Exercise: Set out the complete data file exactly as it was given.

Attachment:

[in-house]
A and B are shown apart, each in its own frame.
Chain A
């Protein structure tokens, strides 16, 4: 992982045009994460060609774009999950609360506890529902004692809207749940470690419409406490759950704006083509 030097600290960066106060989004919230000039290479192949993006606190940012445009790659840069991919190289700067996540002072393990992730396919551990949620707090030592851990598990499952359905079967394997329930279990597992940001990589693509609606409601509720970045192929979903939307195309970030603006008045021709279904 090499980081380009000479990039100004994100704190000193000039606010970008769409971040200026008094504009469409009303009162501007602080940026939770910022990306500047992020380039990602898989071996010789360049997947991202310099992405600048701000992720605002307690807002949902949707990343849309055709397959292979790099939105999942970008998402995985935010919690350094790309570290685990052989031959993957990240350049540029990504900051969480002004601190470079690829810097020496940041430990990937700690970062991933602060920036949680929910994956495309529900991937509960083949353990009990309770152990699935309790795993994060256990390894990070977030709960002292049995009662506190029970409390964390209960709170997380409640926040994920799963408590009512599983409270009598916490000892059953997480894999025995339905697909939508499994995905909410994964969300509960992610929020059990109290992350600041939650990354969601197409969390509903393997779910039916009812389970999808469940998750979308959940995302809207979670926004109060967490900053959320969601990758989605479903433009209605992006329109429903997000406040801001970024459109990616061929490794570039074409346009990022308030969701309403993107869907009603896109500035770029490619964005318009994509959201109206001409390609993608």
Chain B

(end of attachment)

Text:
[in-house]
A and B are shown apart, each in its own frame.
Chain A
């Protein structure tokens, strides 16, 4: 992982045009994460060609774009999950609360506890529902004692809207749940470690419409406490759950704006083509 030097600290960066106060989004919230000039290479192949993006606190940012445009790659840069991919190289700067996540002072393990992730396919551990949620707090030592851990598990499952359905079967394997329930279990597992940001990589693509609606409601509720970045192929979903939307195309970030603006008045021709279904 090499980081380009000479990039100004994100704190000193000039606010970008769409971040200026008094504009469409009303009162501007602080940026939770910022990306500047992020380039990602898989071996010789360049997947991202310099992405600048701000992720605002307690807002949902949707990343849309055709397959292979790099939105999942970008998402995985935010919690350094790309570290685990052989031959993957990240350049540029990504900051969480002004601190470079690829810097020496940041430990990937700690970062991933602060920036949680929910994956495309529900991937509960083949353990009990309770152990699935309790795993994060256990390894990070977030709960002292049995009662506190029970409390964390209960709170997380409640926040994920799963408590009512599983409270009598916490000892059953997480894999025995339905697909939508499994995905909410994964969300509960992610929020059990109290992350600041939650990354969601197409969390509903393997779910039916009812389970999808469940998750979308959940995302809207979670926004109060967490900053959320969601990758989605479903433009209605992006329109429903997000406040801001970024459109990616061929490794570039074409346009990022308030969701309403993107869907009603896109500035770029490619964005318009994509959201109206001409390609993608």
Chain B